I'm learning some category theory and I thought I had understood universal objects but maybe I have not because I cannot write down the definition of initial topology in terms of categories.

My understanding of universal objects so far: I thought universal objects are either initial or terminal objects in a comma category $(O \downarrow F)$ where $O$ is a selection functor $\textbf{1} \to O \in C$ and $F$ is a forgetful functor into $C$. In the example of a free group, $F: \textbf{Group} \to \textbf{Set}$ and $O$ is the set that generates the free group. The objects in this category are pairs $(f, G)$ where $f$ is a (set-theoretic) map from $S \to G$.

Now I would like to do the same for the initial topology but I'm struggling to see what the objects are and also what $F$ should be. $O$ is probably going to be $X$, the space we would endow with the topology. So we probably want $F$ to be a functor $\textbf{Top} \to \textbf{Set}$. The objects are probably $(f,Y)$ where $f$ is a map $X \to Y$ (or $Y \to X$?) such that there exists a continuous map $f^\prime$ with $F(f^\prime) = f$.

Is this right? If not: what are the objects? And is the initial topology an initial or a terminal object?


I think what I wrote above is wrong: I get one commutative diagram for each $Y_i$ in the family with respect to which the initial topology is defined. This means that the objects are $(g_i, Z)$ where $g_i : Z \to Y_i$ and the comma category would be $(Y_i, F)$. Is this right?

The diagram for $(Y_i \downarrow F)$ would look like this:

X --(f_i)--> Y_i

Then the question is whether the unique continuous map $\varphi$ is $Z \to X$ or $X \to Z$.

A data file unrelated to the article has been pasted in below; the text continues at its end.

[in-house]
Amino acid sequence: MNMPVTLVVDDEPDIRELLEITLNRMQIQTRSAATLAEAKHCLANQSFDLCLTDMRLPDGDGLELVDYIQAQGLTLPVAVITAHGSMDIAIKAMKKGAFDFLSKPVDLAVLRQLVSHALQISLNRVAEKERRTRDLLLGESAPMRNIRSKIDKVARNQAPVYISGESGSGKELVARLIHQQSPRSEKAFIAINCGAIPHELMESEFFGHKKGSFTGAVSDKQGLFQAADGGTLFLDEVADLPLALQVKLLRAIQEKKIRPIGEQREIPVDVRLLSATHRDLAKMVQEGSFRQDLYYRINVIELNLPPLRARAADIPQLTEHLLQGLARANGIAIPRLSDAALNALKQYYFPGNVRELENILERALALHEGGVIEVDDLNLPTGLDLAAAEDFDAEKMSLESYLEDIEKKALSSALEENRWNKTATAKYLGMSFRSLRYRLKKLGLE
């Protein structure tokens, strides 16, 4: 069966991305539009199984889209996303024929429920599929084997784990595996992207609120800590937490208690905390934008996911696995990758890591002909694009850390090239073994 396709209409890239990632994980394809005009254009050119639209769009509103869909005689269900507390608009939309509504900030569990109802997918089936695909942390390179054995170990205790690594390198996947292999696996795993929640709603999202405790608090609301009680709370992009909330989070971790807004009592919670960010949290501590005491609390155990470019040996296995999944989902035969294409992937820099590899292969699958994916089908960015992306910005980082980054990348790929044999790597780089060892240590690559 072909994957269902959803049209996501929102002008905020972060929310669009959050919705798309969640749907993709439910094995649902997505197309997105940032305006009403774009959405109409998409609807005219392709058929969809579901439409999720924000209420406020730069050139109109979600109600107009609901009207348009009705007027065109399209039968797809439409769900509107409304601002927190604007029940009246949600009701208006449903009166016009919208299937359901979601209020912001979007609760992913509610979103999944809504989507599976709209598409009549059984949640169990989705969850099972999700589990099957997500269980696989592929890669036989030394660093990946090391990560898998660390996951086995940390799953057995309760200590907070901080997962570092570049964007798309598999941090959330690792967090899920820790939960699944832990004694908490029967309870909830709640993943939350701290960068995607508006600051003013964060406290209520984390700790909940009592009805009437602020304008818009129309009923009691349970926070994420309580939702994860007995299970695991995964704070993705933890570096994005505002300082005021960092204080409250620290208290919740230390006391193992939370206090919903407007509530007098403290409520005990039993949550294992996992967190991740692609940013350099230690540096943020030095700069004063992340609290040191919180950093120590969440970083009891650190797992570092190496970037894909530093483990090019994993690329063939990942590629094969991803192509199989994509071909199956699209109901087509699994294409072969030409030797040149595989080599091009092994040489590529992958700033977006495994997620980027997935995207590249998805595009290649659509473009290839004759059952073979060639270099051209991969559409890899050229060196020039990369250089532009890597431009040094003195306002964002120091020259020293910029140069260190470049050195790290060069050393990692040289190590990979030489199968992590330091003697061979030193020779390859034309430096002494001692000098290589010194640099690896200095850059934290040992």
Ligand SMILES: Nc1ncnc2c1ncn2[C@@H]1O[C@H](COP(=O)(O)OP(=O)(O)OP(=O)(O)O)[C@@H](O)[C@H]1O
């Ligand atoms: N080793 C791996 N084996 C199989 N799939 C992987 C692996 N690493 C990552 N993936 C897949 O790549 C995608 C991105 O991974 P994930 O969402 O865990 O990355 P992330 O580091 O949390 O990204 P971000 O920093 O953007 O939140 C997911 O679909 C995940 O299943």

• $\begingroup$ If I'm not mistaken, en.wikipedia.org/wiki/Initial_topology#Categorical_description, is what you want. $\endgroup$ Apr 29, 2012 at 9:07
  • $\begingroup$ @MartinWanvik Thank you! It might be but at the moment I don't understand yet whether this is the same as what I wrote above or not because I don't know much about category theory yet and I don't know what cones are or adjoint functors. I will have to think about this. $\endgroup$ Apr 29, 2012 at 9:48
  • $\begingroup$ I'll write an answer, trying to expand a bit on the description given on the wikipedia page. $\endgroup$ Apr 29, 2012 at 9:57
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    $\begingroup$ @ClarkKent: The universal property of the initial topology looks like a limit, so if it's going to be given by a limit, it has to be a terminal object! $\endgroup$
    – Zhen Lin
    Apr 29, 2012 at 15:16
  • $\begingroup$ @ZhenLin Thank you very much for pointing this out! $\endgroup$ May 3, 2012 at 10:41

1 Answer 1


(This is an expanded version of this).

First of all, the given collection of spaces $\{ Y_j \}_{j \in J}$ can be viewed as a functor $Y: \mathbf{J} \to \mathbf{Top}$, where $\mathbf{J}$ is simply the indexing set $J$ viewed as a discrete category (i.e. one whose objects are $J$ and containing only identity morphisms). In other words, we have $Y(j) = Y_j$ and $Y(\operatorname{id}_j) = \operatorname{id}_{Y(j)}$, which is trivially a functor. The other part of the description of the initial topology is the collection of maps $f_j: X \to Y_j$ where $X$ is a set. More formally, if $U: \mathbf{Top} \to \mathbf{Set}$ is the forgetful functor, then we can also write $f_j: X \to U(Y_j)$ (this takes place in the category $\mathbf{Set}$). As the article mentions, the collection $\{f_j\}$ can be viewed as a cone from $X$ to $UY$. Here comes the definition:

Given categories $\mathbf{C},\mathbf{D}$, and a functor $F: \mathbf{D} \to \mathbf{C}$, a cone from an object $X$ in $\mathbf{C}$ is a natural transformation $\eta: \Delta(X) \Rightarrow F$, where $\Delta: \mathbf{C} \to \mathbf{C^D}$ is the functor mapping each object $Z$ in $\mathbf{C}$ to the constant functor $\Delta(X): \mathbf{D} \to \mathbf{C}$ (which takes each object in $\mathbf{D}$ to $Z$ and each morphism in $\mathbf{D}$ to the identity on $Z$). If $f: V \to W$ in $\mathbf{C}$, then $\Delta(f)$ is the natural transformation $\Delta(f): \Delta(V) \Rightarrow \Delta(W)$ whose component at each object is $f$. For each functor $F$, we define the category of cones $\mathbf{Cone}(F)$ as the comma category $(\Delta \downarrow F)$.